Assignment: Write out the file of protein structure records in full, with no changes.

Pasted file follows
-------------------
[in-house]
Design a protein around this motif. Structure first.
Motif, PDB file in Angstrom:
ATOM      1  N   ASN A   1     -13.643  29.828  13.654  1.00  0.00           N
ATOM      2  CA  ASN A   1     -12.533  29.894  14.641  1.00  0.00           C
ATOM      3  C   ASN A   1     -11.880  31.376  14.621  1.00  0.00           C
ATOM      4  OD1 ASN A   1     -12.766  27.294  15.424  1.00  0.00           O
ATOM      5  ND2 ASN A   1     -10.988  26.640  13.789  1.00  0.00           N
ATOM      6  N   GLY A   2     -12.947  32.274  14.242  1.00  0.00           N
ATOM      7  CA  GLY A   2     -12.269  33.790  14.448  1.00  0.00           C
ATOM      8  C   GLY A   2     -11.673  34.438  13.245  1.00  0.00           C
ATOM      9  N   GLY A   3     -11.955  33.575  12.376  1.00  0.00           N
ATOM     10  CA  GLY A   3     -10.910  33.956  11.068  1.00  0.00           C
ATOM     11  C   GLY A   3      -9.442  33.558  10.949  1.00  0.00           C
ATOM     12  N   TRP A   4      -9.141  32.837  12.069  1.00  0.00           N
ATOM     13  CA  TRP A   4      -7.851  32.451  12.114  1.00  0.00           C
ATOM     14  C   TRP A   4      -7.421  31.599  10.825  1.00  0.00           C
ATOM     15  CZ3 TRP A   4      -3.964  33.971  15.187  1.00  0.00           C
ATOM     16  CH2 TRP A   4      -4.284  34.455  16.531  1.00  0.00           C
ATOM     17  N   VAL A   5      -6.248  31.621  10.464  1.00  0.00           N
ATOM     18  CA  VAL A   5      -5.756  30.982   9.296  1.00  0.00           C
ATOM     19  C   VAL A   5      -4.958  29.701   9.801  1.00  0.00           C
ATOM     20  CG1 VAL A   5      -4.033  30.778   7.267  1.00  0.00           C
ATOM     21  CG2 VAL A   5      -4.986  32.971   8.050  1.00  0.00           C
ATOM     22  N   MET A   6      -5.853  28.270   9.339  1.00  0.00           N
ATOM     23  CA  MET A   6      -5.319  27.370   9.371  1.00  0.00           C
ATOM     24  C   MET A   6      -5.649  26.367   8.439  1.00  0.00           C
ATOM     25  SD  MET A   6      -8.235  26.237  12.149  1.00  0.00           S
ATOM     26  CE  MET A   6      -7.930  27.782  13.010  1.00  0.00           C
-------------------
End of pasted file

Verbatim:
[in-house]
Design a protein around this motif. Structure first.
Motif, PDB file in Angstrom:
ATOM      1  N   ASN A   1     -13.643  29.828  13.654  1.00  0.00           N
ATOM      2  CA  ASN A   1     -12.533  29.894  14.641  1.00  0.00           C
ATOM      3  C   ASN A   1     -11.880  31.376  14.621  1.00  0.00           C
ATOM      4  OD1 ASN A   1     -12.766  27.294  15.424  1.00  0.00           O
ATOM      5  ND2 ASN A   1     -10.988  26.640  13.789  1.00  0.00           N
ATOM      6  N   GLY A   2     -12.947  32.274  14.242  1.00  0.00           N
ATOM      7  CA  GLY A   2     -12.269  33.790  14.448  1.00  0.00           C
ATOM      8  C   GLY A   2     -11.673  34.438  13.245  1.00  0.00           C
ATOM      9  N   GLY A   3     -11.955  33.575  12.376  1.00  0.00           N
ATOM     10  CA  GLY A   3     -10.910  33.956  11.068  1.00  0.00           C
ATOM     11  C   GLY A   3      -9.442  33.558  10.949  1.00  0.00           C
ATOM     12  N   TRP A   4      -9.141  32.837  12.069  1.00  0.00           N
ATOM     13  CA  TRP A   4      -7.851  32.451  12.114  1.00  0.00           C
ATOM     14  C   TRP A   4      -7.421  31.599  10.825  1.00  0.00           C
ATOM     15  CZ3 TRP A   4      -3.964  33.971  15.187  1.00  0.00           C
ATOM     16  CH2 TRP A   4      -4.284  34.455  16.531  1.00  0.00           C
ATOM     17  N   VAL A   5      -6.248  31.621  10.464  1.00  0.00           N
ATOM     18  CA  VAL A   5      -5.756  30.982   9.296  1.00  0.00           C
ATOM     19  C   VAL A   5      -4.958  29.701   9.801  1.00  0.00           C
ATOM     20  CG1 VAL A   5      -4.033  30.778   7.267  1.00  0.00           C
ATOM     21  CG2 VAL A   5      -4.986  32.971   8.050  1.00  0.00           C
ATOM     22  N   MET A   6      -5.853  28.270   9.339  1.00  0.00           N
ATOM     23  CA  MET A   6      -5.319  27.370   9.371  1.00  0.00           C
ATOM     24  C   MET A   6      -5.649  26.367   8.439  1.00  0.00           C
ATOM     25  SD  MET A   6      -8.235  26.237  12.149  1.00  0.00           S
ATOM     26  CE  MET A   6      -7.930  27.782  13.010  1.00  0.00           C